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  • SharkyForums.Com - Print: Is it physically possible to create a quiet, high-speed fan?

    Is it physically possible to create a quiet, high-speed fan?
    By tu2thepoo August 04, 2001, 05:21 AM

    I mean, something on the order of a Panasonic Panaflo, but at 2x the speed? I'm guessing no, because of air resistance, doppler effect, and all that jazz, but is it possible to create something that would come close to that? Say, a 7000rpm fan that, with some kind of noise muffling-liquid bearing technology, would only make a "woooosh" sound from the airflow?

    By ua549 August 04, 2001, 09:48 AM

    The noise from most high rpm fans is from air movement, not noisy bearings. Higher rpm isn't necessarily what is needed for better cooling. It is proper airflow. This can be achieved by closing extra openings in your case. Make sure the case fans are working together, not against each other. Coordinated airflow is the key for proper cooling. Here is a whitepaper on thermal design guidlines from Intel. Although most of the paper will not be of direct benefit to you, there is a good section about setting up case cooling. It also describes how to test effectiveness of your cooling setup. (Not for the meek).

    By way2funni August 07, 2001, 11:48 PM

    quote:Originally posted by tu2thepoo:
    I mean, something on the order of a Panasonic Panaflo, but at 2x the speed? I'm guessing no, because of air resistance, doppler effect, and all that jazz, but is it possible to create something that would come close to that? Say, a 7000rpm fan that, with some kind of noise muffling-liquid bearing technology, would only make a "woooosh" sound from the airflow?

    Read your post. Made me think of something.

    Back in the 50's , someone designed a quiet vacuume cleaner. I mean QUIET.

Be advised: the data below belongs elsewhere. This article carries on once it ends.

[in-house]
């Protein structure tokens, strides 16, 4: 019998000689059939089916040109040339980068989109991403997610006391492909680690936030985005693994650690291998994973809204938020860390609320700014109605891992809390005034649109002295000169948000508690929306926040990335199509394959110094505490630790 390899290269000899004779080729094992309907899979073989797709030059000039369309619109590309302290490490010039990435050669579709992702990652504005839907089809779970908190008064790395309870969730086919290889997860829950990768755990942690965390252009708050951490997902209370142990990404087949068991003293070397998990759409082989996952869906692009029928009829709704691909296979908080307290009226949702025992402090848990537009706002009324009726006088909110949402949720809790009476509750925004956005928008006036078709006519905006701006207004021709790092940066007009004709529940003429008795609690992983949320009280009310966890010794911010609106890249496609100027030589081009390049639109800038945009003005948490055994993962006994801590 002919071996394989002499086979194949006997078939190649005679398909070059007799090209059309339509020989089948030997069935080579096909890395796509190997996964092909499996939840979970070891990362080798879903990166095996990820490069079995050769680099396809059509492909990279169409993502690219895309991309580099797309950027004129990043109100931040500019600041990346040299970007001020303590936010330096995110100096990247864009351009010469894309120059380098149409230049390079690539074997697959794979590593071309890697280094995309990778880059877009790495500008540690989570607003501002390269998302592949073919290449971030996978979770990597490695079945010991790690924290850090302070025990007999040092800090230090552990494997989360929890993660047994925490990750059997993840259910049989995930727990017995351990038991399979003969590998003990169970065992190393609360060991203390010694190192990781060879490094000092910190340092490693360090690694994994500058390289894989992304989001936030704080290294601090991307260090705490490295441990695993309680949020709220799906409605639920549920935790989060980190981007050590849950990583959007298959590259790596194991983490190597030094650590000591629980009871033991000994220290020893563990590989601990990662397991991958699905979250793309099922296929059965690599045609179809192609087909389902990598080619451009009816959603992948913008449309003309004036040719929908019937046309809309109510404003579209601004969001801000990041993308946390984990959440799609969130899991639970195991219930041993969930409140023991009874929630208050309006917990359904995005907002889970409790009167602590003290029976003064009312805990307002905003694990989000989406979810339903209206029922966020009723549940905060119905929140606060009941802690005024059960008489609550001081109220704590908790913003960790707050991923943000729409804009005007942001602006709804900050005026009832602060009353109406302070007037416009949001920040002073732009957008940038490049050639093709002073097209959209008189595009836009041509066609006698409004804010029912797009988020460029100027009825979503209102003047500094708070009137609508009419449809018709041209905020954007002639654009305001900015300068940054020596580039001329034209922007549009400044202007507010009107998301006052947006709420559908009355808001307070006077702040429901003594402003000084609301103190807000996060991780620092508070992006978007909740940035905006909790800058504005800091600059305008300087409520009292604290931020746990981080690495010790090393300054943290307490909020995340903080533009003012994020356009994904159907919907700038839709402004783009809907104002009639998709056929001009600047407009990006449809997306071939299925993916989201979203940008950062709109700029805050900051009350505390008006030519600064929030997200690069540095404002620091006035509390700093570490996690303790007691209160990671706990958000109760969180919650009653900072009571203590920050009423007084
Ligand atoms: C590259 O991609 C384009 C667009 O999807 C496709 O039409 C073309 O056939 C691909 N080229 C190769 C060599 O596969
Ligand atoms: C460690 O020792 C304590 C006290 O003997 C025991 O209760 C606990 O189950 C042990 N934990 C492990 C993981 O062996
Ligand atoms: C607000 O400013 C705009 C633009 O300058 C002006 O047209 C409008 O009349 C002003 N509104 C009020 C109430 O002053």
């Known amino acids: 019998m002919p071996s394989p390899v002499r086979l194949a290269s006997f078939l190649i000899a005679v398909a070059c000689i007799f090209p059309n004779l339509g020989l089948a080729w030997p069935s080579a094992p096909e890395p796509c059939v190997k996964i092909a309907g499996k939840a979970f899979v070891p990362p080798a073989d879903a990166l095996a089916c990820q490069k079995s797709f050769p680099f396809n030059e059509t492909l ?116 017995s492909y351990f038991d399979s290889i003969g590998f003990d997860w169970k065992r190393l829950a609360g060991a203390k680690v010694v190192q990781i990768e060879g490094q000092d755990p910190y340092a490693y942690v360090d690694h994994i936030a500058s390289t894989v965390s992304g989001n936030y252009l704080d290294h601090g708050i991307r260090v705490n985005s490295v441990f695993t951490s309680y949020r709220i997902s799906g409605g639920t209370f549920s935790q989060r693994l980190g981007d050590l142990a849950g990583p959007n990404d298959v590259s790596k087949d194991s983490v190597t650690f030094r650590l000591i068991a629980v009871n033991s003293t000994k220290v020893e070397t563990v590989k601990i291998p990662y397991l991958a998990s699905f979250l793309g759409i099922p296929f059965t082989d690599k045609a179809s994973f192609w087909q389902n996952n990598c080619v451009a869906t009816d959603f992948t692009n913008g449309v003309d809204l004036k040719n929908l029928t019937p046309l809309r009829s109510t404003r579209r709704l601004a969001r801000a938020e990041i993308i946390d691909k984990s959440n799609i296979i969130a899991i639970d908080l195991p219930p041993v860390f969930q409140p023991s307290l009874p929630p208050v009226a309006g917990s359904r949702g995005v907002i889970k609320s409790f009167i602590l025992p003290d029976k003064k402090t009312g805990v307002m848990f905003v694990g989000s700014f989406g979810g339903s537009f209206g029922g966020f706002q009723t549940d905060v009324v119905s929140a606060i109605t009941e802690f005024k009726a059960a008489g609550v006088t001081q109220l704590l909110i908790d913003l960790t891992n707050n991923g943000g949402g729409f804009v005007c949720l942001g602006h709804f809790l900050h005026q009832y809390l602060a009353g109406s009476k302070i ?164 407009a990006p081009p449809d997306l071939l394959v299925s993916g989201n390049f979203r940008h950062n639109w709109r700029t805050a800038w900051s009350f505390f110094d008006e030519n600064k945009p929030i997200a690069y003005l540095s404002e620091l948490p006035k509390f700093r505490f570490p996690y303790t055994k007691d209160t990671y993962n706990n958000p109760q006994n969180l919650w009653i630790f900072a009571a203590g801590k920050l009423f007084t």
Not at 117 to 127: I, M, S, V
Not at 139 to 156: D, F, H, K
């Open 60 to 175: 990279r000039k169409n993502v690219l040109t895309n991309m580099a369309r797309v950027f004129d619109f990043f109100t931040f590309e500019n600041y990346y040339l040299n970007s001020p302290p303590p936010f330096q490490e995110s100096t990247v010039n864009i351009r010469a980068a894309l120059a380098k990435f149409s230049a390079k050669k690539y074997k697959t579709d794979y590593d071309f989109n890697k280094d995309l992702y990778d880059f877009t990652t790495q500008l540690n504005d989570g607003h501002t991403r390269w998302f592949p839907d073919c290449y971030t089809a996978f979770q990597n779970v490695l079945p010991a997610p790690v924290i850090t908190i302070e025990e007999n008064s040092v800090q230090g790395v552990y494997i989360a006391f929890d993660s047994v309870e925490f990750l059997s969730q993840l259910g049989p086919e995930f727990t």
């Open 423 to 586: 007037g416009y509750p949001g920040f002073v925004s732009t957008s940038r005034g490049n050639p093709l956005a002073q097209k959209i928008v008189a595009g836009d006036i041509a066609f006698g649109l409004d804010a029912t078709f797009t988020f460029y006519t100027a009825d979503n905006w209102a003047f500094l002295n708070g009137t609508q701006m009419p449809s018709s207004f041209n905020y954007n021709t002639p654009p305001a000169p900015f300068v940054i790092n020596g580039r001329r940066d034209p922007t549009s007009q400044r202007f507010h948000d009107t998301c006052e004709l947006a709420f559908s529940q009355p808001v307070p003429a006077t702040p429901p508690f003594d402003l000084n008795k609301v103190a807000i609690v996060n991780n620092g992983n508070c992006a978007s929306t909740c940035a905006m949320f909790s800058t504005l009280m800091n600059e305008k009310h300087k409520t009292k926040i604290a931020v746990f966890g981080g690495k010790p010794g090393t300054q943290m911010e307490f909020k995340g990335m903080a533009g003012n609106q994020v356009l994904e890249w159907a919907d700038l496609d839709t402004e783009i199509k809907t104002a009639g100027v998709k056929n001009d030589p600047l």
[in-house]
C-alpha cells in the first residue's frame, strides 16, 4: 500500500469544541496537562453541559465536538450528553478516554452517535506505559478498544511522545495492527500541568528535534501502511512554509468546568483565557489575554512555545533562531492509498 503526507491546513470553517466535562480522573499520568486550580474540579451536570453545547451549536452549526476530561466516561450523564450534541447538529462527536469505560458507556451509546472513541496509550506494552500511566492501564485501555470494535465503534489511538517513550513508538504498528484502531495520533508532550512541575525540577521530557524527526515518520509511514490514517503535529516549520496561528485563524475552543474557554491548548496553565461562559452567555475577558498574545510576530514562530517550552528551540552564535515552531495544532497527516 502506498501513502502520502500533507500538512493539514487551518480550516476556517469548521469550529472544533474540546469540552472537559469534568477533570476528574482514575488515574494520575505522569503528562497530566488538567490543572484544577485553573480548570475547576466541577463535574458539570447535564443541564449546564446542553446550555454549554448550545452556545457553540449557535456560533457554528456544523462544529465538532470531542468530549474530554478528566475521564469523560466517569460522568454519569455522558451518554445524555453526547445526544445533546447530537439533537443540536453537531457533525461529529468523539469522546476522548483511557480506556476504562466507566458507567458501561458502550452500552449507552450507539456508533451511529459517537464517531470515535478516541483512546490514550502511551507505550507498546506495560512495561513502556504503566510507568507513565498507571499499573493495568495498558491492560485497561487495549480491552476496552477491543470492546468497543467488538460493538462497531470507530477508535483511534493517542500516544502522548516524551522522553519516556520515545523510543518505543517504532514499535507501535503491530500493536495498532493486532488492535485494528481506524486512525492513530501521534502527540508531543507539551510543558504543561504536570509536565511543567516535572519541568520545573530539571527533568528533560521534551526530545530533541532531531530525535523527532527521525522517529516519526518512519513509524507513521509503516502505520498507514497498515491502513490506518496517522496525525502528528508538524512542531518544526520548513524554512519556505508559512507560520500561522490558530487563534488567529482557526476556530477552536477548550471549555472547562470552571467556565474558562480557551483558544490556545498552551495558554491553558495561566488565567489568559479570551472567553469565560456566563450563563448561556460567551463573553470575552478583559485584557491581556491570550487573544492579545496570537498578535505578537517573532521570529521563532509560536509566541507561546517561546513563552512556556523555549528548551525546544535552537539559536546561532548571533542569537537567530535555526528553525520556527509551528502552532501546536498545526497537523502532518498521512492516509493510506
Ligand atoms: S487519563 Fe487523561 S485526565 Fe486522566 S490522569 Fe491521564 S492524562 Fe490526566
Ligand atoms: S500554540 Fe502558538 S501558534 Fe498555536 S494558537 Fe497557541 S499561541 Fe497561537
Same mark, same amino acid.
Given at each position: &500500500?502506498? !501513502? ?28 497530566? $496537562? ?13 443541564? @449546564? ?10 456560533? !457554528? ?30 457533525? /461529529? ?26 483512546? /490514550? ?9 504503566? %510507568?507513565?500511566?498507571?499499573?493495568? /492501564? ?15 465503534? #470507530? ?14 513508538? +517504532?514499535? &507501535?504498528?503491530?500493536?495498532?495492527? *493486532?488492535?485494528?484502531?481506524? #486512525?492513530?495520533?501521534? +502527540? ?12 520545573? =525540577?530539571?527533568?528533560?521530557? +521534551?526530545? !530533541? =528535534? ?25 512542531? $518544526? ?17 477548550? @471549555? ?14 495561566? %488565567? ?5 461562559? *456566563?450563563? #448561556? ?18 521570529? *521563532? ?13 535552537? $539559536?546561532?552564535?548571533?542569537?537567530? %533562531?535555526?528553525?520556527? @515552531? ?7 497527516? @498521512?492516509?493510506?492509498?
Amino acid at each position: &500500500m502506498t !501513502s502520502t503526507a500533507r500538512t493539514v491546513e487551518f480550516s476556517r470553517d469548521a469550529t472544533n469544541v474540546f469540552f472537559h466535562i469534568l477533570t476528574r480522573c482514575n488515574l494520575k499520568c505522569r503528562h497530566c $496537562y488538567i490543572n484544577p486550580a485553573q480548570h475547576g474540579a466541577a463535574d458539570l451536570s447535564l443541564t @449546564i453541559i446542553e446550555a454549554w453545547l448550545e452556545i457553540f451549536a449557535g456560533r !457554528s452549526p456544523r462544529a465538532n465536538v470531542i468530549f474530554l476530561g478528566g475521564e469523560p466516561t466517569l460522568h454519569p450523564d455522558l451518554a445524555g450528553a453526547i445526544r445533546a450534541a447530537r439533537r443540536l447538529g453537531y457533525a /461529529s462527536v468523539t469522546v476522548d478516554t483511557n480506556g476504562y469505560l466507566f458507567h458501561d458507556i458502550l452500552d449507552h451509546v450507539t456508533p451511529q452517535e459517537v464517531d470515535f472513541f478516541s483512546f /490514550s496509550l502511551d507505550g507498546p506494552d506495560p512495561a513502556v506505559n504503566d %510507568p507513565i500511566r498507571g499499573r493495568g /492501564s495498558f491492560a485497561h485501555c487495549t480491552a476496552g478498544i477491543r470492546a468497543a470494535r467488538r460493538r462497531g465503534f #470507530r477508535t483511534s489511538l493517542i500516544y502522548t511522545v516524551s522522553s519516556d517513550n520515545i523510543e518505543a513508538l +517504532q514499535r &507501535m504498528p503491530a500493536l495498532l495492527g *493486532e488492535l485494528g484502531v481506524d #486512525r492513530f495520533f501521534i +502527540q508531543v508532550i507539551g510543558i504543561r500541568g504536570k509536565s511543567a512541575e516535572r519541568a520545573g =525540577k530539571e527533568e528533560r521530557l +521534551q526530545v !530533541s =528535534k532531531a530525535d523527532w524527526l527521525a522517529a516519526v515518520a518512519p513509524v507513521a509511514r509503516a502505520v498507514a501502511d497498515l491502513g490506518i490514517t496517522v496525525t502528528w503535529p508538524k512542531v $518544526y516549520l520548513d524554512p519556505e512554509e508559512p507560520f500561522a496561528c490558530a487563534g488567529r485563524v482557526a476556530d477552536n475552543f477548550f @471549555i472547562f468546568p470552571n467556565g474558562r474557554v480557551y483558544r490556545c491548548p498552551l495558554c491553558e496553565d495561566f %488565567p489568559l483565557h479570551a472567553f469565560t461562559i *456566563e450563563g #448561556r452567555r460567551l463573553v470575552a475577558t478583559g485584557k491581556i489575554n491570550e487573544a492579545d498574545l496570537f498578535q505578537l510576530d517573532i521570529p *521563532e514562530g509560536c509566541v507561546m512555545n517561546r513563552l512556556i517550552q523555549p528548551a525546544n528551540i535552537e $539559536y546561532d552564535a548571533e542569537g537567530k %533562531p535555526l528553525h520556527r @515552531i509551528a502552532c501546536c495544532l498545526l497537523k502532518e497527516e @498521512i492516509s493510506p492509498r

Wanna know something?
    They couldn't sell it.

    You see, the end consumer equated NOISE with POWER.
    They went back to making noisy vacuume cleaners.

    Go figure.

    By Strogian August 08, 2001, 12:02 AM

    Really? They ACTUALLY made one? I remember reading something about that recently.. It said something about the companies not wanting to make vacuum cleaners quiet, since people wouldn't think they're doing anything. But I didn't know it's actually been tried! What were they called? I want to search for one on ebay. =)

    By Moridin August 08, 2001, 12:35 PM

    I don't think it would be possible to make a "quiet" fan, but one nice solution would be active noise cancellation, which could effectively make your entire case silent no matter how much sound your fan produced.

    By Klion August 08, 2001, 03:11 PM

    Hrmm, is it actually true that certain frequencies can totally cancel other frequencies effectively nuetrilizing both sounds? I seen that on some show, wondering if it was total science fiction or had any basis in fact.

    As for this topic i think it would be more likely that if noise ever becomes an issue instead of making the fans more quiet, they will just insulate the fan or the cases so the noise cannot be heard. Hard to do while maintaining air flow, but prolly a more viable solution for something such as CPU fans :P

    -Kli

    By hobbes2112 August 08, 2001, 03:20 PM

    quote:Originally posted by Moridin:
    I don't think it would be possible to make a "quiet" fan, but one nice solution would be active noise cancellation, which could effectively make your entire case silent no matter how much sound your fan produced.

    I have worked on active noise suppresion before, I promise to you that it is possible! Also you have heard of the Commanche Helicopter right? This is a very quiet example of "fan" design.